Newspaper Page Text
THE LABOR ADVOCATE
The Stay -at-Home Element
Handicaps Union Labor
An article by James M. Lynch, written
for the Denver Labor Bulletin, tells you
what the stay-at-home clement does to
the efforts of those who try to help
them by coming to the meetings. Bro
thcr Lynch's article follows:
"The stay-at-home element is the
greatest drag to trade union effort. The
trade union is the most important so
ciety with which the wage-earner is af
filiated. It is his bread and butter or
ganization. Under our present wage sys
tem it fixes the conditions under which
he works and the money return for his
labor. Nothing can be more important
to the toiler, from an existence stand
point, than the wages and conditions tin
der which he labors, for these directly
affect the enjoyment of life and pursuit
"Remember that you are responsible
for your union and its welfare. You
cannot shrink that responsibility. The
union is wliat you and your colleagues
make it. It can and should be a power
ful engine for justice for the wage-earner
The wage-earner's future is in his
own hands. He must work out his own
destiny. He has an instrument ready
at hand in his trade union for his eleva
tion to a higher and better sphere. lie
of Seamen's Law
Washington. Owners of the ill-fated
liastland opposed the seamen's bill. Sec
retary Kedlicld of the department of
commerce, has made public the letters of
General Manager J lull, who called on
the former to have the act either "inod
ilicdor entirely canceled." The cabinet
official answered that he had no such
power, and in answer to his request for
objections to the law, Hull replied, in
That it would be a "physical impos
sibility" to comply with the life saving
clauses of the law.and that "if it were
possible to put this amount of equip
ment on the Kastland the weight that
would be added to her upper deck would
make the boat difficult to handle."-
That tlit? provision increasing- the num
ber of competent seamen "would afford
an opportunity to able seamen to fix
an arbitrary wage ami tie up the boat
"There is no reason for an increase
in life-saving equipment on this run."
"The boat is constructed of steel
throughout. Her run between Chicago
and St. Joseph is approximately sixty
miles.' She is at no time in excess of
one hour and thirty-three minutes from
shore, and at all times on her run is
within ten to sixty minutes of all steam
it's. Assistance in case of trouble could
readily be secured from other steamers
and the ports of Chicago, Michigan City,
Milwaukee, St. Joseph and South Haven.
"It will be impossible to operate un
der the seamen s law and make ex
penses. This will naturally affect the
stocks and the bonds and in the ease of
a great many companies will render their
bond issues practically worthless."
The sections of the seamen's law that
General Manager I lull .objected to will
not lake effect until November -I next.
This means that the liastland would not
have to comply with the law until next
STItlKIXC WIKK .MUX IJAIX.
Minneapolis Striking electrical work
ers report continued advances in their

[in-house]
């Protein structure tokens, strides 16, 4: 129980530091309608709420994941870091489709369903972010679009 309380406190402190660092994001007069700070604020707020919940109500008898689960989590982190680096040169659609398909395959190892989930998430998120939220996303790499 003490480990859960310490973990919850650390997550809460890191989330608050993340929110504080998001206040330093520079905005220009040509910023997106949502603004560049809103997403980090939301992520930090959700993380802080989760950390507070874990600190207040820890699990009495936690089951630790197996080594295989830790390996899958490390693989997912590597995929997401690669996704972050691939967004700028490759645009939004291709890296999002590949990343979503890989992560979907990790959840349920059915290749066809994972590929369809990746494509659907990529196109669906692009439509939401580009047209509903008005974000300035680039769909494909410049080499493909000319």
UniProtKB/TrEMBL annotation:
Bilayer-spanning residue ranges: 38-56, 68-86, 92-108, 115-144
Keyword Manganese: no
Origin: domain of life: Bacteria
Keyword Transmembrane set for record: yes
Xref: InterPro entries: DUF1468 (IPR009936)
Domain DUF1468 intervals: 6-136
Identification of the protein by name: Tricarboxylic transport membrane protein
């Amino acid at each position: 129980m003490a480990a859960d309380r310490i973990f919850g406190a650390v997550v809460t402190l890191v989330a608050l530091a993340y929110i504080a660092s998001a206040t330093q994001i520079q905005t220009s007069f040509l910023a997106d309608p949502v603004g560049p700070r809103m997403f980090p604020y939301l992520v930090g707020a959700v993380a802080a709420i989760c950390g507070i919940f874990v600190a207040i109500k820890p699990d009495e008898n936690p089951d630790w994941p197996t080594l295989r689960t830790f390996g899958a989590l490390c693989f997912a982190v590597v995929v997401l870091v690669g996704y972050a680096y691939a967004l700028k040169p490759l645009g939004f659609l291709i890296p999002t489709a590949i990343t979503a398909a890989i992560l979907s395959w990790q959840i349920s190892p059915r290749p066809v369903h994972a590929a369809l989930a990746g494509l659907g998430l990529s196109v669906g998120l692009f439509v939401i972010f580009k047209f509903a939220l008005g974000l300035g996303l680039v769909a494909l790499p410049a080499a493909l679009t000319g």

effort to raise wages. International
President McXulty was in the city re
cently and conferred with his fellow
unionists, who have secured the work of
wiring several large buildings in process
WAXT A STATU TOXS'IW Mi; LAKY,
Denver. It is charged that corporate
interests are preparing to have a "spon
taneous" cry for a state constabulary
Mart in various sections of Colorado.
These corporations have brought the
state militia into ill repute and hints of
a CVnsack system are now being heard.
CITY laitOKKKS WAOICS
I'.wrott. Mass. The city council has
increased wages of city laborers from
'i.'.'., to $a.5() per day. The council re
fused to accept a report of its commit
tee on finance that a two weeks' vaca
tion for these workers is illegal. This
order was passed.
Muskegon, Mich. A local of press
men and press assistants has been form
ed in this city through efforts of Or
ganizer Vickcry. 1 Ins .official is assist
ing in building up the locals of the craft
in Kalamazoo and Battle Creek
must use that instrument with care and
"Do your duty to yourself and those
dependent upon you.
"Attend the meetings of your union.
"That many of the evils of which we
complain, nearly all of the misunder
standing and a great proportion of the
uiitouniicd criticism would be eliminated
if wc had a belter attendance at union
meetings, is an opinion formed by me as
a result of many years of trade union
experience, both as a member of a local
union, an officer of that union, and an
officer of the international organization.
The men and women who get to the un
ion meetings understand the policies that
are being made effective, and, as a gen
eral rule, are well satisfied with the pro
gress that we are making. lint whether
they are satisfied or not, they know what
they are talking about, for they have the
facts first hand.
"We want intelligent criticism, and we
want suggestions that are based on
knowledge and experience. This critic
ism and these suggestions will come in
greater proportion of wisdom if the
members first learn of their local union
and tlieir international organizations
irom attendance at local union meet
IKOX IIITKIXKSK IXCKICASICS.
Cleveland. A local publication de
voted to the iron and steel interests says
that the demand for iron and steel for
uses not connected with the European
war is steadily increasing. This refers
especially to automobile companies not
catering to war business and large man
ufacturers of agricultural implements.
It is stated that one of the largest in
dependent concerns in the Pittsburgh
district now operating at 85 per cent of
its capacity, believes that 70 per cent of
its orders represent domestic consump
tion. WAXT KACTOItV IXSI'KCJTOUS.
Atlanta, Ga. Unionists of this State
ire urging the passage of a law creat